Sadly, it isn’t just you :-(

    Liked by 1 person

  2. Interesting post. I agree with the sentiment that men are weakening, but not necessarily with the examples strictly how you interpret them. First to respond to Bookstooge’s comment and the overall theme of the post, I think our food supply plays a role in it. We’ve been pumping babies with unfermented soy products since the early 80s: see especially baby formula and the like. Soy is a powerful phytoestrogen that mimics estrogen in the body and influences testosterone levels in men. I don’t touch unferm soy because it screwed up MY hormones, and I’m a woman.

    Additionally, at the same time, our diet has become increasingly sweetened with sugar. Insulin temporarily reduces testosterone (and impacts a lot of the endocrine system in general), but I would bet that if a young man is drinking several sodas a day (I know a few), the testosterone never has a chance to recover significantly (and I see the results).

    All that to say, I don’t think guys feminized overnight. I’ve observed that the vast majority of beta males were born in the 80s and onward. There’s a whole slew of other factors too but I don’t think diet is considered enough.

    Whew. That’s out of the way.

    Question: how does your observation jive with a specific audience that is 99% female: romance novels? Some romance novel authors are men writing under feminine pseudonyms. I’ve never read one, but the covers depict virile, strong men who take control. The complete opposite of the general cultural trend noted here.

    Onto your videos, I don’t think the guy in the last video was particularly feminine. It might be because I’m 31 and so I’m “used to it” but that’s not even the worst I’ve seen (and I haven’t watched TV in a few years now). And the man in the 1996 commercial, to me, is no less masculine. I don’t remember specific examples, but your earlier examples were better. Just saying ;)

    I think the dual characters of the credit card commercial belies an more fundamental attitude: the “man” in the situation (the customer service guy) is confident and deeper voiced. The “woman” in the commercial is nervous and speaks in a higher voice, and is put at ease by the “man.” On the one hand, the commercial might be speaking to the frightened man children of my generation that their fears are unfounded (rather than conquering them), or it might be speaking to women with the catchy visual of the same guy playing two parts (something that has fascinated audiences for years and years). It might be both.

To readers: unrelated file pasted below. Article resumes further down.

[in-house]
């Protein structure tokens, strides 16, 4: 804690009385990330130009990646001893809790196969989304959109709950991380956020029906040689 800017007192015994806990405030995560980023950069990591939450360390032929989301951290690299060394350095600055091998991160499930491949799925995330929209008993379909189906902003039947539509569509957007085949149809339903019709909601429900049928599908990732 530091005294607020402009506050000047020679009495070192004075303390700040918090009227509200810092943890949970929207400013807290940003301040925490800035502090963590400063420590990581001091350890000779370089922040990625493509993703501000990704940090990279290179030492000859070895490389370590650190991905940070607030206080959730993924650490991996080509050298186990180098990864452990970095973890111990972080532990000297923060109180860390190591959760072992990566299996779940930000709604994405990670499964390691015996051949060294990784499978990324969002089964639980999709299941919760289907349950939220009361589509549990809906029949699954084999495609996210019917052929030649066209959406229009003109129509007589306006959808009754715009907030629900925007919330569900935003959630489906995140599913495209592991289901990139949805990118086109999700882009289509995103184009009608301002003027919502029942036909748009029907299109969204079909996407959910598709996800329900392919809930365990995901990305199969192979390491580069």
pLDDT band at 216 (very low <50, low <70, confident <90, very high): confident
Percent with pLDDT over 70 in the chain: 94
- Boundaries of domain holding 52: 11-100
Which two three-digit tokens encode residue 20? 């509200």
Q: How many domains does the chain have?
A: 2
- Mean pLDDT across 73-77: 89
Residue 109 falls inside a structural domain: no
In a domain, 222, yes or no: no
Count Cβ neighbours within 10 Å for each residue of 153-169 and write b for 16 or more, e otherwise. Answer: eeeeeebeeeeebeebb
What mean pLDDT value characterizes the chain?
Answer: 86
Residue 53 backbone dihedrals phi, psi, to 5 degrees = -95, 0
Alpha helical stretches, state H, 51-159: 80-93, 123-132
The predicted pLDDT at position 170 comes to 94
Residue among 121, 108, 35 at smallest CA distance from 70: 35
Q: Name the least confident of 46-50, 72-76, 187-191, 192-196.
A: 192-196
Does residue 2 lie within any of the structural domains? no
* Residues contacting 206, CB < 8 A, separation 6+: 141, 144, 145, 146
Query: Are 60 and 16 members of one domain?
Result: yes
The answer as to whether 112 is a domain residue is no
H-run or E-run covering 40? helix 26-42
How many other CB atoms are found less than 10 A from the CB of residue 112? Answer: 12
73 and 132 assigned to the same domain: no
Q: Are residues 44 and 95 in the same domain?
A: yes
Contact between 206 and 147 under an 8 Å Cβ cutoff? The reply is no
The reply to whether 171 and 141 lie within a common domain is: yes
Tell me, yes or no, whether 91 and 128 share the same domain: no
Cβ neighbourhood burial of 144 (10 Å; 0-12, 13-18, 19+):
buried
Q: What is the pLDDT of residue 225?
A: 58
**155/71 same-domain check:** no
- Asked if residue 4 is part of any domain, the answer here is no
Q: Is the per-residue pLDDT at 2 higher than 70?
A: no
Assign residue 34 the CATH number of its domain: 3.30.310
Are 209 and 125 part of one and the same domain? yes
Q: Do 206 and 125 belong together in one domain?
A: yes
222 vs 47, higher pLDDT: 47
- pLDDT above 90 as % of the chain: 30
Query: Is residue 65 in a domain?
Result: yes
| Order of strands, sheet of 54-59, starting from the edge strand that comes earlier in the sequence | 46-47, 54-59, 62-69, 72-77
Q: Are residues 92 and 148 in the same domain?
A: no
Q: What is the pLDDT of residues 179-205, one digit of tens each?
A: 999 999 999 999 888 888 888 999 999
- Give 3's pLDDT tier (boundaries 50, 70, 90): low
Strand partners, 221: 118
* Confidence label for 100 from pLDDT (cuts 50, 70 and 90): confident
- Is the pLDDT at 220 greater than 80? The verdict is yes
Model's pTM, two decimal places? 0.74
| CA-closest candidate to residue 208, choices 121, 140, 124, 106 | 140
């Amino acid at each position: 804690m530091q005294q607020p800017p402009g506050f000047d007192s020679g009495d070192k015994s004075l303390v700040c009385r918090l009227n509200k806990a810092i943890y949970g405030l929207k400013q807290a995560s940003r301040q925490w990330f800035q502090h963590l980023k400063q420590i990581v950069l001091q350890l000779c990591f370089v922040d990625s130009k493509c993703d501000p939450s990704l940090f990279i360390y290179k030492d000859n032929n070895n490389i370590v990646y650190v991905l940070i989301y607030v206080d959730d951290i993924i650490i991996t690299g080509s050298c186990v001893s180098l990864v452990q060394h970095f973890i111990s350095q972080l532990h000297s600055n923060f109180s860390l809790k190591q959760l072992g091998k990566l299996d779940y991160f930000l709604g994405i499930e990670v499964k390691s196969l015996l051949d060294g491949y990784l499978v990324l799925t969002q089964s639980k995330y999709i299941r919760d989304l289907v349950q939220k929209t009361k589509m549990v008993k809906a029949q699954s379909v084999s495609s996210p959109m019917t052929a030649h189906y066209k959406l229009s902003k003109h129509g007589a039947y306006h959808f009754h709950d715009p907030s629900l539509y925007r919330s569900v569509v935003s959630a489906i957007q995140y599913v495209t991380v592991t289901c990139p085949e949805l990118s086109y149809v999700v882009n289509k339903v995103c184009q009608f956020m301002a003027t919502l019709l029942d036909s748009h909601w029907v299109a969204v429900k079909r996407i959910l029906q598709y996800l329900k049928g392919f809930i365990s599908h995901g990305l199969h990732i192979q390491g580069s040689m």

Nonetheless, it does tend to normalize the growing everyday fears people have. But to look at it charitably, no one likes calling customer service because they can be rude and try to sell stuff. The prequel you posted kinda negates a charitable view, but everything up to that point is saying “customer service is nothing to worry about.” I feel we shouldn’t be soothing fears but equipping people with the tools and skills to push their fears aside, from within, but that’s another discussion.

    The same thing has happened to Japan, as well. The singers from the 80s and 90s were masculine and confident. So many of the singers now are slight, nervous, and feminine.

    Liked by 1 person

      1. Got it.

        I admit, there’s nothing really womanly about the guy in the recent Kay commercial. But I just look at him and think “Girly-man”. Partly just being skinny in a flabby way, partly from the facial hair, which seems to be a modern beta-male fashion.
        Which is unfair, cuz there are plenty of manly men with facial hair, too.

        Dunno. Just got a negative reaction from it.


      2. That’s also totally fair. Advertising is all about gut reactions and intuitions and if you’re picking up on something negative, there’s likely something there to give you that reaction.

        Liked by 1 person

  3. Oh and I’ll also say I’m noticing an inability to handle stress in another arena: youtube music mixes of “relaxing” and “stress-reducing” music. I love the music, not for that reason, but I swear every video I see features those keywords in the title. Now, those are more responsive descriptions, in that they are meeting a need for stress relief instead of saying “Hey, you need this!” The comments from the listeners as well indicate that there is a large population of people who are crippled with stress and need “stress reducing music” to cope with it. I don’t know what’s going on in their lives but it’s not healthy.

    Liked by 1 person